“I am so pleased that we are partnering with these high-quality organizations on such a worthwhile goal – investing in our people, who are in turn investing their talent and caring by working with children the classroom,” said Superintendent Raj Manhas. “Helping these employees earn their teaching certificates is a benefit to all involved, and the district couldn’t have done it without the collaborative efforts of these organizations.” The alternative routes program provides the district with a pool of bilingual paraeducators that will be better able to understand the challenges bilingual students face each day, Manhas added.

“It is critical that very intentional steps be taken to increase the diversity of the teacher work force to better match the diversity of the students in districts where they work,” stated Dr. Lin Douglas, PESB Director of Alternative Route Programs. “This partnership represents an important step in developing locally responsive pathways by which paraprofessionals can achieve teacher certification. The Legislature is commended for its continued support of alternative route to teacher certification programs ensuring that programs like this can be sustained and expanded to other regions of the state.”

According to the Washington State Office of the Superintendent of Public Instruction, or OSPI, the percentage of students in special education classes statewide has risen every year since 2001. Currently, 12.4 percent of the state’s K-12 students are in special education programs, and the number is even higher – 13.7 percent – at Seattle Public Schools. In addition, 11.5 percent of the Seattle Schools’ student population is considered transitional bilingual. OSPI also notes that special education continues to show a substantial shortage of teachers, and concerted efforts are needed to meet a growing demand.

“The SEA membership believes in closing the academic achievement gap and that having classroom teachers that reflect our student population will help in accomplishing that goal,” comments Wendy Kimball, President of SEA. “Support for paraprofessionals and secretaries/office personnel is critical given the difficulty of going back to school to earn a teaching certificate and working full time.” Kimball continues, “SEA is committed to supporting staff with the resources of time and money so they can earn a certificate. The funding for this program came from reallocating money during the 2004-2009 contract bargaining from the sabbatical funds and a settlement agreement.”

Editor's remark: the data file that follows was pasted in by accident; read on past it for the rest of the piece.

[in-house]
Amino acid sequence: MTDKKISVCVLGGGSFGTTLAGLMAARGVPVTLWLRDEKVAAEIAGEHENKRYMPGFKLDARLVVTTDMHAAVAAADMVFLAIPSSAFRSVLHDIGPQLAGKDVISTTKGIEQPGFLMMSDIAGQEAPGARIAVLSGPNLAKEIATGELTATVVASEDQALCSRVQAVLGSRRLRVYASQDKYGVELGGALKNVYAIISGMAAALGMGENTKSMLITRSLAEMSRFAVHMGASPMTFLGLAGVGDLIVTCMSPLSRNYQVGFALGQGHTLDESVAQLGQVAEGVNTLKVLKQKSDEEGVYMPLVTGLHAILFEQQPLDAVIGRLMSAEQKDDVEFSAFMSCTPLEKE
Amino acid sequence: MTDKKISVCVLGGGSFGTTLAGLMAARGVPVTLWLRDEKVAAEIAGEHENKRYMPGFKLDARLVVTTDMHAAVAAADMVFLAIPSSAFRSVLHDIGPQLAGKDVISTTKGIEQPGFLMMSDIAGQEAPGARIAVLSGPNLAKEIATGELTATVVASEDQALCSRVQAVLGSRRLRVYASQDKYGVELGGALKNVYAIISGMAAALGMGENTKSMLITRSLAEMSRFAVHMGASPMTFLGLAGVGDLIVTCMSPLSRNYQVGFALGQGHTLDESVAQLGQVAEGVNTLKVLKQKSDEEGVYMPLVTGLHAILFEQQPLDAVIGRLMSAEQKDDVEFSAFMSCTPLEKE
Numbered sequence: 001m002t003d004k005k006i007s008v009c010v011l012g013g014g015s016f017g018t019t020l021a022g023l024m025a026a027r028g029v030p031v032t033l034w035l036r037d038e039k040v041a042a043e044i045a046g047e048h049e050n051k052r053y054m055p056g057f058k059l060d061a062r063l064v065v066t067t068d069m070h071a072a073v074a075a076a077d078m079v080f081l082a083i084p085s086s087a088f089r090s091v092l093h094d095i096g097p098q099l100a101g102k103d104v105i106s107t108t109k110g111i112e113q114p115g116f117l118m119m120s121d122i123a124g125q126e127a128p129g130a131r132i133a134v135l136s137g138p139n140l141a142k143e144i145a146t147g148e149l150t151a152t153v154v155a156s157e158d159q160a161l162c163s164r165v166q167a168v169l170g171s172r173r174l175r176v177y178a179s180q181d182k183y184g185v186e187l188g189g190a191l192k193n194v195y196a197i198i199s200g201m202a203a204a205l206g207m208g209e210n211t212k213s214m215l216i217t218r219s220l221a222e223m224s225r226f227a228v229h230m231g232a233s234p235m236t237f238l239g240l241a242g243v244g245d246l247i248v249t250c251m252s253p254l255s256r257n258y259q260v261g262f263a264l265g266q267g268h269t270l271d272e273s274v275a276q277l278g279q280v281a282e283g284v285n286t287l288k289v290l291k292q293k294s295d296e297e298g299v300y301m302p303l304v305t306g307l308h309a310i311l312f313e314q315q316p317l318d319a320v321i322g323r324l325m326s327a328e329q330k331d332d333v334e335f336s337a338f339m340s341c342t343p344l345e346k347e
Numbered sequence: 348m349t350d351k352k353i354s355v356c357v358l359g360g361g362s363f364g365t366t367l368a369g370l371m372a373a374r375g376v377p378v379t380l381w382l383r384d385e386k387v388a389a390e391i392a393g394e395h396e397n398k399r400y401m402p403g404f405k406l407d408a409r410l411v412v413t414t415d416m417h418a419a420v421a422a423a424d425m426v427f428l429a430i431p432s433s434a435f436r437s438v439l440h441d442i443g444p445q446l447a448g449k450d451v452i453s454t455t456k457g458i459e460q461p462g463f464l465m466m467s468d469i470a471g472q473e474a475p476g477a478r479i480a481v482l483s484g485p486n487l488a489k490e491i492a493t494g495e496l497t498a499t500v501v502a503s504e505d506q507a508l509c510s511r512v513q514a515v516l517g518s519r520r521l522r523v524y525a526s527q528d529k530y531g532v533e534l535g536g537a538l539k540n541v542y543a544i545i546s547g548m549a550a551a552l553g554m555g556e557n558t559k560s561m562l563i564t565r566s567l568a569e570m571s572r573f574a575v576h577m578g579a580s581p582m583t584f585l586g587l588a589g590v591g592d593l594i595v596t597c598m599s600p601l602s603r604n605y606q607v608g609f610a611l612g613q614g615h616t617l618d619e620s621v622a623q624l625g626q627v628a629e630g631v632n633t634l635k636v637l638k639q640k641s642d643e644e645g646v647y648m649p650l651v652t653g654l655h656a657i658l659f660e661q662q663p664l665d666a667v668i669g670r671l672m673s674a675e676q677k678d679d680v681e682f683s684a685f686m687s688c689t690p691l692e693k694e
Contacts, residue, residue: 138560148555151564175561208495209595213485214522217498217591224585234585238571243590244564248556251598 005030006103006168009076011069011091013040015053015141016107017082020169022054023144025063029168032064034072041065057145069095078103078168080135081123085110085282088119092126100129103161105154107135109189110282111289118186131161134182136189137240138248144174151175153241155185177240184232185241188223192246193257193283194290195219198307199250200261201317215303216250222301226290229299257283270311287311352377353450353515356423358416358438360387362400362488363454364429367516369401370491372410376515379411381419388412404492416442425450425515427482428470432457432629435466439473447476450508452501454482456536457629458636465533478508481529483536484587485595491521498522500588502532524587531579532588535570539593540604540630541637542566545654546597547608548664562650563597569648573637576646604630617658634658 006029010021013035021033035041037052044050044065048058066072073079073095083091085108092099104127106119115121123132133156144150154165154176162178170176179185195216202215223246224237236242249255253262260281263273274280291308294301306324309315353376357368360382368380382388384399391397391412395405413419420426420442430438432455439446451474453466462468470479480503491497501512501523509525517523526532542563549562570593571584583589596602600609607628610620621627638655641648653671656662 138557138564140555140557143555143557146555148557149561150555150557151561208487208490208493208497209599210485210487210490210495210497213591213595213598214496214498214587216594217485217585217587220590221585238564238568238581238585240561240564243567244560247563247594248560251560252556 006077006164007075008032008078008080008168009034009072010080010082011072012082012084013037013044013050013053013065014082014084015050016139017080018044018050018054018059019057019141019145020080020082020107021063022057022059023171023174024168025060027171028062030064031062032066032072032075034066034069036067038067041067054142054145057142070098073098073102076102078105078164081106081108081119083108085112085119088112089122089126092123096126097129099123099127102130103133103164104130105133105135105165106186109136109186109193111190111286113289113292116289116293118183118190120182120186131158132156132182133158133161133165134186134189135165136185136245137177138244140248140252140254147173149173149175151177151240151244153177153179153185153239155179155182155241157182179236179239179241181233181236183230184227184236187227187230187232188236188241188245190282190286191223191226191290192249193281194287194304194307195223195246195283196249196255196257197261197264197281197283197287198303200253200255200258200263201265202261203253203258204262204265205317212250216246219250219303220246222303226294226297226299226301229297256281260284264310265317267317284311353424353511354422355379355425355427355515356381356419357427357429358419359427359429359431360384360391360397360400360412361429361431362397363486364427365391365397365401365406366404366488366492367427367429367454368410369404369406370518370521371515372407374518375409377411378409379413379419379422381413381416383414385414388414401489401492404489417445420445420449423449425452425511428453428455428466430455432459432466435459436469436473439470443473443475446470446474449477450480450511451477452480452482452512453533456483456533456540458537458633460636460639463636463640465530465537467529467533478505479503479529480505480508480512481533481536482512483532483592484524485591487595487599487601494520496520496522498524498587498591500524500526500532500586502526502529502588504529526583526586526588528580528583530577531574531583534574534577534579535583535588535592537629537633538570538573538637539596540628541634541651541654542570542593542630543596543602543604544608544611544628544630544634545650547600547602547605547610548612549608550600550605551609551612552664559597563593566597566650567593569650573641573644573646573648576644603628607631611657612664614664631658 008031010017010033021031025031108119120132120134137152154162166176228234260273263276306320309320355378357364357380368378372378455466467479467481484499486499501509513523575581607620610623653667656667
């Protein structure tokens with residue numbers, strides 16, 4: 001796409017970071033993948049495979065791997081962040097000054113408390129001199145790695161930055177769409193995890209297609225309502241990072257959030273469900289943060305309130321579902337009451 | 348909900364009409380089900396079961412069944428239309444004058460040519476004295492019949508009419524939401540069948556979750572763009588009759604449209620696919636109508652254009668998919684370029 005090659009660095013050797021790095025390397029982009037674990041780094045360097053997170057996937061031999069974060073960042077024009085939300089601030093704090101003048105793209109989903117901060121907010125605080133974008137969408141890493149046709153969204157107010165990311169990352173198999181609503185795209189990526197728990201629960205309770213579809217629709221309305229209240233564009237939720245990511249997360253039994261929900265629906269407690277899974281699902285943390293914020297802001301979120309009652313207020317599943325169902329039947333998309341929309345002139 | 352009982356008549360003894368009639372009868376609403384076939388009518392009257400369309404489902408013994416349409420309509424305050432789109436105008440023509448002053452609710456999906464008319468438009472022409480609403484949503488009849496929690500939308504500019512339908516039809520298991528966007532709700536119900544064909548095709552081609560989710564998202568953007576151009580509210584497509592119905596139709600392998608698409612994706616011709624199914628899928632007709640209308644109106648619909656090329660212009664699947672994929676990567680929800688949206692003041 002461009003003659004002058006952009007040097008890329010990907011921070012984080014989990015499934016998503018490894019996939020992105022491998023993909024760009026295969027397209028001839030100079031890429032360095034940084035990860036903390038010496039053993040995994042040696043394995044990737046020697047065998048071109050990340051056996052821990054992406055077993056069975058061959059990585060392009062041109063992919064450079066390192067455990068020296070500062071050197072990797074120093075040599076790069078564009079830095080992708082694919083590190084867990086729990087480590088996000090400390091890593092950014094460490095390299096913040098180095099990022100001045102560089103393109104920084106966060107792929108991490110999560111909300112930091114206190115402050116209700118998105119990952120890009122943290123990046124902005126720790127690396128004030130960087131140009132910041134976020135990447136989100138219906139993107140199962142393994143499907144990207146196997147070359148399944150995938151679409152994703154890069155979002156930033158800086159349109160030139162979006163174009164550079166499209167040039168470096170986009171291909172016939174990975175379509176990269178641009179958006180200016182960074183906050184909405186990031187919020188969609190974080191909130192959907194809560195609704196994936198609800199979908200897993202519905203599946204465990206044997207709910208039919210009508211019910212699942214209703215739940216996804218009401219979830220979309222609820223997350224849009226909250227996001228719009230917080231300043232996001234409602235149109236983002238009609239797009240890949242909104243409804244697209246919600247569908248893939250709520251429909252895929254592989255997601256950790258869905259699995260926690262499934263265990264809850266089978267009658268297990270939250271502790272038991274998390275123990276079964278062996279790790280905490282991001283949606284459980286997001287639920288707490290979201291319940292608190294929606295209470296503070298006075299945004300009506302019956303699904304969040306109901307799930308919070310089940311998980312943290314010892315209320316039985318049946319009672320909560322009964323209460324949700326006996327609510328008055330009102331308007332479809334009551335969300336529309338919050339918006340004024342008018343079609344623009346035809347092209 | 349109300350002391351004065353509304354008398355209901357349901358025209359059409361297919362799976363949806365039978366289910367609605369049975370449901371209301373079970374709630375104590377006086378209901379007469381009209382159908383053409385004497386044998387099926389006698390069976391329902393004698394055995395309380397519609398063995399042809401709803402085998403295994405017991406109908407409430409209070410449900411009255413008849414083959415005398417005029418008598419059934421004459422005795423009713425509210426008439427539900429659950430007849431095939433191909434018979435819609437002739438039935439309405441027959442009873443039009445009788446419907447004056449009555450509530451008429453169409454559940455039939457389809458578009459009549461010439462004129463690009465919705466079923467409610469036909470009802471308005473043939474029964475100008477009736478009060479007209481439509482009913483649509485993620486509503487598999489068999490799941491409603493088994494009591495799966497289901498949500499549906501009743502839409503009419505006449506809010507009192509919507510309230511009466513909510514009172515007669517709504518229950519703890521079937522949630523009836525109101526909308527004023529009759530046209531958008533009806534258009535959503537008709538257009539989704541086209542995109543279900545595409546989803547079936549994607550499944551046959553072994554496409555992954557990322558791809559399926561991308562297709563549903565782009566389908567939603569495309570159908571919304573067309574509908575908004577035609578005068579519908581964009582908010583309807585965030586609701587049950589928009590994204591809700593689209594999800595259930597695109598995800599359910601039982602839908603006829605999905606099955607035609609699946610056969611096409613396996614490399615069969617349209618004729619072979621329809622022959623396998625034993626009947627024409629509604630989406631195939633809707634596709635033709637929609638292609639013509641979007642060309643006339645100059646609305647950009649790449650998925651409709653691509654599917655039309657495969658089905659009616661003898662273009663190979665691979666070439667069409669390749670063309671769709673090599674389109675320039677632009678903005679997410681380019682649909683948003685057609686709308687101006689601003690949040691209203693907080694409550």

Paraprofessionals who successfully complete the program will be placed in the displacement pool and will be able to apply for any Seattle Public Schools position that they are qualified to teach. Successful candidates will have a three-year commitment with the district.

About Seattle Public Schools
Seattle Public Schools serves 45,800 students in a dynamic, standards-based learning community of 97 schools citywide. SPS offers a broad range of programs and learning opportunities, enhanced by strong support from parents, volunteers, and community members. Seattle Public Schools is the largest public school system in Washington, and the 44th largest in the United States.

About PESB
As a public board created by the Legislature with members appointed by the Governor, the Professional Educator Standards Board sets and upholds high standards for the profession, ensuring that students encounter high-quality educators throughout their school experience. The scope of the work of the PESB covers every aspect of the profession – policies and requirements related to preparation, certification, assignment, and continuing education of certified educators.

About SEA
The Seattle Education Association is an educational union that represents 5,500 employees, which include certificated staff, paraprofessionals, and secretary and office personnel. SEA is affiliated with the Washington Education Association and the National Education Association.

About City University
Founded in 1973 in Seattle, Wash., City University is a private, not-for-profit university with over 41,000 alumni worldwide. City University’s goal is to change lives for good by offering high quality and relevant online and in-class education options to any person in the world with a desire to achieve. The university is comprised of three schools: The School of Management, The Gordon Albright School of Education, and The School of Arts and Sciences. Headquartered in the Pacific Northwest, City University offers classes at locations throughout Washington, Hawaii, Canada, Mexico, Slovakia, Greece, Bulgaria, Romania, the Czech Republic, and China.

Recruiting Teachers In High Schools

Prince William County, VA is partnering with several universities to recruit students of color into the teaching workforce. The program seems well-funded enough to provide realistic incentives and supports to students:

Once the students are accepted, the nonprofit organization, Today’s Students, Tomorrow’s Teachers, will link them with paid mentoring teachers in their schools, place them in SAT preparation courses and help them apply to a select group of colleges that promise to reduce the students’ tuition by at least 50 percent.

Students would apply by writing essays about why they want to be teachers, and they must maintain a B average and have a good record of class attendance. Having some minority or ethnic background is required.

After being admitted, participants would shadow a teacher and be required to tutor other students for at least two hours a week, for which they would be paid $10 an hour. The mentoring teachers would receive a stipend of about $1,000.

Students also would get SAT preparation training in a six-week course conducted by Kaplan Inc., which is owned by The Washington Post Co.

Read the whole article from the Washington Post